Oh fine, here we go with another story about leaves. Just what every red blooded Yankee wants to hear about this time of year, right? And by Yankee, I mean anyone who is far enough north to enjoy the massive seasonal leaf gathering festival we call “fall.” Each year, Mom Nature paints the landscape with the beautiful autumn hues we’ve grown to know and love. These days, the leaves are already busy sninkeling (huh?) down from the trees. Yes!! You can even hear the “sninkel-sninkel-sninkel” of the leaves whispering in the wind, and then they fall to the ground and rustle about in good sninkely singing songs. In fact, as this is being written you could even say they’re in full-sninkel!
Or maybe I could just say that…
Anyway, when the leaves have completed their sninkelization, if they don’t get removed from the lawn, well, the lawn changes a bit. Once upon ago I would rake all the leaves onto a tarp and then gather the corners to play Leaf Dragging Santy Claus and haul them to the garden. These days I cheat and use the bagger on my lawn tractor. Takes a lot of trips but it chops them up nicely so I can dump the bags on the planting beds. For the garlic bed I actually till several dumpings of sninkeled leaves into the ground and plant the cloves before the snow comes. After planting, another layer of chopped leaves is added as cover to slow the effects of winter’s cold breath, and also to keep weeds in check when the snow is gone. Takes a while for the cloves to start rooting, and as they do the worms and soil microbes are busy making food for when they emerge in the spring.
Other planting beds will get layers of leaves that will remain throughout the winter to act as “sheet composting.” This practice builds the soil nicely because worms, microbes, and other creepy-crawlies enjoy the food I’ve laid down for them. To show their appreciation, worm manure and other byproducts of leaf digestion (made by the microbes and other creepy-crawlies) make very healthy soil for the vegetables I’ll be planting in the spring. And yes, as my vegetable plants get going I’ll mulch with leaves too; as they help the soil retain moisture, control weeds, and add nutrients as the aforementioned helpers break down the leaves that touch the soil.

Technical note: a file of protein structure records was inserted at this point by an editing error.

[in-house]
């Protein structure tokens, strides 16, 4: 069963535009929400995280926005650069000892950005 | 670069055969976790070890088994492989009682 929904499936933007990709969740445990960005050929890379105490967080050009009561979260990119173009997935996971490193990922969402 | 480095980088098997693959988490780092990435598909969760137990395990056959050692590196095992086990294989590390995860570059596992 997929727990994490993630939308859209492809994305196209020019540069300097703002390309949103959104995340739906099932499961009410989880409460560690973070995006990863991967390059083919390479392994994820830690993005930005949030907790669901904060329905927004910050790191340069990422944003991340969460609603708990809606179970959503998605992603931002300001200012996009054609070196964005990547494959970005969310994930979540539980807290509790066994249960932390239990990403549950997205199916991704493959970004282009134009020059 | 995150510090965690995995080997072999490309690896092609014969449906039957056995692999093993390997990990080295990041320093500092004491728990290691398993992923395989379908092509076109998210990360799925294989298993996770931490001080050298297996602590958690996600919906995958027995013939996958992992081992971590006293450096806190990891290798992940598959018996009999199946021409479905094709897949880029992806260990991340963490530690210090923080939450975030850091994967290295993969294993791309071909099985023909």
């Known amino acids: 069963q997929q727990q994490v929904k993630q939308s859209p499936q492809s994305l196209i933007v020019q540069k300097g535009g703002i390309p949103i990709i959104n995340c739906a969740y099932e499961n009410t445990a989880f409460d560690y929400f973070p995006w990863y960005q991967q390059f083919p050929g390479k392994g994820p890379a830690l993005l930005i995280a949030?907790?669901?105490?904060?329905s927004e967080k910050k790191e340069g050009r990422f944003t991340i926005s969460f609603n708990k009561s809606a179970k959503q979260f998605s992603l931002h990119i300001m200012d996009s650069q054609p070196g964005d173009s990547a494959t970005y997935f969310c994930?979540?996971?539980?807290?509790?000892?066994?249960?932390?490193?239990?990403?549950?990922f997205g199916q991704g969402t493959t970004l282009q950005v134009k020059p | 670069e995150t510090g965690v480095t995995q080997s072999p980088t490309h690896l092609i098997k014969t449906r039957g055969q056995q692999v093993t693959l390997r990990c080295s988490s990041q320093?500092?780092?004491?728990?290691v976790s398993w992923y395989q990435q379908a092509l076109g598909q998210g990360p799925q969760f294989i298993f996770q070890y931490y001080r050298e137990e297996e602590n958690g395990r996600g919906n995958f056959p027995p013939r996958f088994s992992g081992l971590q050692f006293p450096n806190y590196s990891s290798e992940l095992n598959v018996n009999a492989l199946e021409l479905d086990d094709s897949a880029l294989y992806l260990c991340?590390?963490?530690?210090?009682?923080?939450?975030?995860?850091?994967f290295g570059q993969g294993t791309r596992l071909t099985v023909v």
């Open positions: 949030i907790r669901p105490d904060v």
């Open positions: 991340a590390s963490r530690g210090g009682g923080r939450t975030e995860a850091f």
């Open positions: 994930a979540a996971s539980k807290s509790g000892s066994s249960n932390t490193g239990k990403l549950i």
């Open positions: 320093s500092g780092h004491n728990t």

We have mostly maple leaves… but when I’ve been a good boy and cleaned up all the leaves from the trees at our house, I actually go hunting for more. As you may have guessed by now I’ve learned long ago that leaves are probably the best fertilizer you can get. And they’re FREE!! And hey friends, there are no such things as bad leaves for the garden. There seems to be an old myth floating around that oak leaves are bad for the garden. To this I say, “Phoeey and Bibble Dee Boo!!” It’s simply not true. Yes, oak leaves have some acidity when fresh. But adding them to the soil actually produces a very beneficial result due to several factors, including: a) oak leaves are high in calcium, 12) oak leaves contain good amounts of nitrogen, and X) earthworms LOVE oak leaves.
So my friends, I hope you can all try to enjoy sninkel season. Not only is this a beautiful time of year, we get free fertilizer too!! This week’s video shows some of the exact ways creatures of Nature enjoy Autumn.